Nowhere on your desk calendar will it say “Severe Weather Season Begins Today”. But as our temps warm up, grass turns green, and trees sprout leaves it becomes clear severe weather season is underway.
I’ll likely write a few blog posts on severe weather in the coming weeks and months. I’ll cover any facts you may find interesting and any topics to help you prepare. But I thought it may be a good idea to get an early post out now since we MIGHT see an early onset to the season.
In Wisconsin we can get severe storms from April to September (not to say hail, high winds, or tornadoes don’t occasionally show up in other months). Even though this covers ½ the year most of our severe storms occur around the time when our daytime temps and dew points are high, but the upper atmosphere still has an active jetstream. We find this overlap typically from about mid-May to late-July. I wouldn’t be surprised to see this peak moved up a little this year. Thanks to our warm winter and mild spring (so far) the landscape is already looking green. With this early start to the growing season plants are sending water into the air through transpiration. This boost in humidity helps feeds storms that can turn severe. Often times in April we’ll see an 80 degree day with no thunderstorms because the airmass is also very dry. This particular April those arid days may not be as common. On the other hand it looks like it will be a very short fire season. Wisconsin is at its greatest wildfire risk after the snow melts but before trees, shrubs, and grass turns green.
Of course other factors come into play that effect our severe weather season (El Nino, La Nina, etc.) and these global patterns can change in a just a few weeks. Thus making a prediction as to whether or not our season will be better/worse than normal is basically a roll of the dice. Regardless of whether we face a handful of severe weather events or numerous tornado outbreaks here are a few reminders to help you understand what severe weather is and the risks.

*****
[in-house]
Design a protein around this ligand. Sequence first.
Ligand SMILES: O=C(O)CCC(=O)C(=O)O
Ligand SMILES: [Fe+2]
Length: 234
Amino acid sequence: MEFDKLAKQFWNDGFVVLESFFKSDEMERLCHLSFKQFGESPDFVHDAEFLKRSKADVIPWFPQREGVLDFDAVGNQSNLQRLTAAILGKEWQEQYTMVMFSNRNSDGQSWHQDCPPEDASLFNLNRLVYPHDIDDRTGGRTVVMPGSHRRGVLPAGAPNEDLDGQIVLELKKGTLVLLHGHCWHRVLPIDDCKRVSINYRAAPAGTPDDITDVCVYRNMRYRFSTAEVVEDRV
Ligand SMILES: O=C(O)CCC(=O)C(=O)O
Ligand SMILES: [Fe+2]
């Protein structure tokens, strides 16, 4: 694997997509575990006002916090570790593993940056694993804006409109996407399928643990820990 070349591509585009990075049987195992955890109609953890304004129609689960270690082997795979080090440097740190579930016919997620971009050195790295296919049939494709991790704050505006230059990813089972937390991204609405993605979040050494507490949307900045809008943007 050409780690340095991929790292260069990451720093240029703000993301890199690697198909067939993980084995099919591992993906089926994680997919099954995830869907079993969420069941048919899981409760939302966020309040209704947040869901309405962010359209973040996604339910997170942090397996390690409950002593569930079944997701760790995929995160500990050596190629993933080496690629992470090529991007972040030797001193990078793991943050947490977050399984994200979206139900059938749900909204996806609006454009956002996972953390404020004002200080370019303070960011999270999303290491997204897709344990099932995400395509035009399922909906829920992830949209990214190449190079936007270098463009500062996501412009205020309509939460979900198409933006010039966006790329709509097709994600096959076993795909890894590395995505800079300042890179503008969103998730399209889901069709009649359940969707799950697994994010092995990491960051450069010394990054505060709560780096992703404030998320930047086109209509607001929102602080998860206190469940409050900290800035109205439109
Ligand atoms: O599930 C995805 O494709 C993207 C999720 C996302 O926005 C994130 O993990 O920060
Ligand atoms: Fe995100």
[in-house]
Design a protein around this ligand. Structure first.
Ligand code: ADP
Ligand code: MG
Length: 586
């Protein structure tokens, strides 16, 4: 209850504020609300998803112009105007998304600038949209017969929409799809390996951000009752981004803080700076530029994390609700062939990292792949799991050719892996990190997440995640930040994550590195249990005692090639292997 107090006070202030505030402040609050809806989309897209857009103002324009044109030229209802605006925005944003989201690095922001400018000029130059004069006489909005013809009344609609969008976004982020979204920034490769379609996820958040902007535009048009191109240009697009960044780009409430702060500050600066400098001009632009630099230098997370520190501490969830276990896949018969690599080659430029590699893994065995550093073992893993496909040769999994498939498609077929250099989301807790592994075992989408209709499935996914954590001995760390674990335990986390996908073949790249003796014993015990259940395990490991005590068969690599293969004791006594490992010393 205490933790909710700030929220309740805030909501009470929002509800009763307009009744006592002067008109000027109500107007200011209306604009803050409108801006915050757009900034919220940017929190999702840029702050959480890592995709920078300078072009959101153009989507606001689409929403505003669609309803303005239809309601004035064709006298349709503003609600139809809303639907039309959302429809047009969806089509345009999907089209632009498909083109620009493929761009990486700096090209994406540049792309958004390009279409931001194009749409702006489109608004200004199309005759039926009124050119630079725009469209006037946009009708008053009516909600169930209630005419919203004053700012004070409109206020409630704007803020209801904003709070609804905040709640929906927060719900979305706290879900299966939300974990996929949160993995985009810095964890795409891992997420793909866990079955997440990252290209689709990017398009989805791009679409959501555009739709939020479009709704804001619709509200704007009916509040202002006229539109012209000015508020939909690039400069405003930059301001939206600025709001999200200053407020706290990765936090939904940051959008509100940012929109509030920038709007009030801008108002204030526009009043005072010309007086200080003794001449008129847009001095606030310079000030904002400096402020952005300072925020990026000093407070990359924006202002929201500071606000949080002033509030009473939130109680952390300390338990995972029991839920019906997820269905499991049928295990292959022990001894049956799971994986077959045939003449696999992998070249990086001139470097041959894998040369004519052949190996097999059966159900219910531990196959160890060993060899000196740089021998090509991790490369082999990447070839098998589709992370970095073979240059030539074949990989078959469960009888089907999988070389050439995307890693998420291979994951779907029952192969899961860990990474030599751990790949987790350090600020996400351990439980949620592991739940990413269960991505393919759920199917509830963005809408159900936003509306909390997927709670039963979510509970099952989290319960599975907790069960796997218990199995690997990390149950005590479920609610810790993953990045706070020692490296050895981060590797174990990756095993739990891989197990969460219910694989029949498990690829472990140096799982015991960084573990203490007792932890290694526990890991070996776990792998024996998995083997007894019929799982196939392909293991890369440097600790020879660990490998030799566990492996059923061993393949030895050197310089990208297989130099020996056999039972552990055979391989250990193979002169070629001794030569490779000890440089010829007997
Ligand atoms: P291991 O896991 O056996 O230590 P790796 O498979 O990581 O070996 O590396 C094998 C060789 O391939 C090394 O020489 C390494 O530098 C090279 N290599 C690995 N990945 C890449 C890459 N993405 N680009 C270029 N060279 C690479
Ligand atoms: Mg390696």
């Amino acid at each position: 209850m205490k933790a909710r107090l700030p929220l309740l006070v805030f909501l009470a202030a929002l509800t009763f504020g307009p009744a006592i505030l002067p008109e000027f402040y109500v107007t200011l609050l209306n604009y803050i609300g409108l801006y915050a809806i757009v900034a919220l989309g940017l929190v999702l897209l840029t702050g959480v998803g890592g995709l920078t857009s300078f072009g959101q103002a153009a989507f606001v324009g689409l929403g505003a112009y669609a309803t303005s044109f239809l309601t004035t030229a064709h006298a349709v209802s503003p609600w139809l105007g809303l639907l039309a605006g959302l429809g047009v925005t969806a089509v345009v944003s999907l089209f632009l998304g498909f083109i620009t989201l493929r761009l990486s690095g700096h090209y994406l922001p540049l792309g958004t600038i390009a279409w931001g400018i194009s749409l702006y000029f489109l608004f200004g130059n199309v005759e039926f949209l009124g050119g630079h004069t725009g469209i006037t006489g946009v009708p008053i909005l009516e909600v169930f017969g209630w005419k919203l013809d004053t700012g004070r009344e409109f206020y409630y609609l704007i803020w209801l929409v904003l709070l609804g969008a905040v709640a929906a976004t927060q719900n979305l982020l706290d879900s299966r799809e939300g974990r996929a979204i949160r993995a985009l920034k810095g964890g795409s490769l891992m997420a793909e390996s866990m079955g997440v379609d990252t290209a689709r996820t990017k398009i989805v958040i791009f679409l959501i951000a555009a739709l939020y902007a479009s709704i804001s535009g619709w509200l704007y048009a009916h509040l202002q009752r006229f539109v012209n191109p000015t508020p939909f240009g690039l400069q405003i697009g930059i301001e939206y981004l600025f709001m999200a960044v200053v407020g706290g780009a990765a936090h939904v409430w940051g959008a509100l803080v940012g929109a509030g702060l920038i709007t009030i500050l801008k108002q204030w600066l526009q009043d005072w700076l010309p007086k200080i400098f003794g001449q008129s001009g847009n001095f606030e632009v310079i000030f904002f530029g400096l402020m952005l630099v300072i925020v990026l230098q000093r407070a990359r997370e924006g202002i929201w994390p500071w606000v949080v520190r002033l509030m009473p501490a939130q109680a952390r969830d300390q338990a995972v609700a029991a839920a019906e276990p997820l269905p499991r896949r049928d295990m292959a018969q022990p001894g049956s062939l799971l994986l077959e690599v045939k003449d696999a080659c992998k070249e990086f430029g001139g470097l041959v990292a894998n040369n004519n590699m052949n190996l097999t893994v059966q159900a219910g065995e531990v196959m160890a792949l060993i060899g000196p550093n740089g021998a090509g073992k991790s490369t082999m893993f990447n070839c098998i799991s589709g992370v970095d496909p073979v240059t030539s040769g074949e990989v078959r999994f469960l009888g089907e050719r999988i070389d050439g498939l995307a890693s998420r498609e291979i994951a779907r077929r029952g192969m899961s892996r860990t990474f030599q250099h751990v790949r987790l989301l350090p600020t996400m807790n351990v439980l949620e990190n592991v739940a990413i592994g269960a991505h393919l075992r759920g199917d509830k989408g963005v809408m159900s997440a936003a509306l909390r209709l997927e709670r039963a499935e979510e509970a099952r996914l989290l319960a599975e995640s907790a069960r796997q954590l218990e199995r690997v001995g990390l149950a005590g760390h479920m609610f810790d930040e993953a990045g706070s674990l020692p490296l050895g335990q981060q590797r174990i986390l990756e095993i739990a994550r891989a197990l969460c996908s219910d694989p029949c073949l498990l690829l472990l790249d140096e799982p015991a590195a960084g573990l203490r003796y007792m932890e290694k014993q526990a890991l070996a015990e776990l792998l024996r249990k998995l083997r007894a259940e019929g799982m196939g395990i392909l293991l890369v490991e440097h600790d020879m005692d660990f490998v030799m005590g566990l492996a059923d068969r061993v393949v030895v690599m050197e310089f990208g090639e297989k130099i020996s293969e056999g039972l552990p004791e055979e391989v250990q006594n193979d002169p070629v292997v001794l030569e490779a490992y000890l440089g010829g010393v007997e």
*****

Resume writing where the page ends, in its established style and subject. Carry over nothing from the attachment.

A thunderstorm is severe if it produces:
-Straight line winds of 58 mph or greater
-Hail 1” or greater (size of a quarter)
A WATCH means that conditions are right for severe weather to occur. Since watches are usually issued well in advance of severe weather they may cover the entire state or parts of several states.
A WARNING means severe weather (or a tornado) has been reported by trained spotters or spotted on radar by National Weather Service meteorologists. Warnings are issued for specific storm cells and may only cover a portion of a county or a few counties.
When severe weather strikes we get on the air as soon as possible to update our viewers. But since minutes count during severe weather I highly suggest a NOAA weather radio programmed to your county. It is the quickest way to get severe weather information. Don’t wait for the sirens (topic for a later blog post)!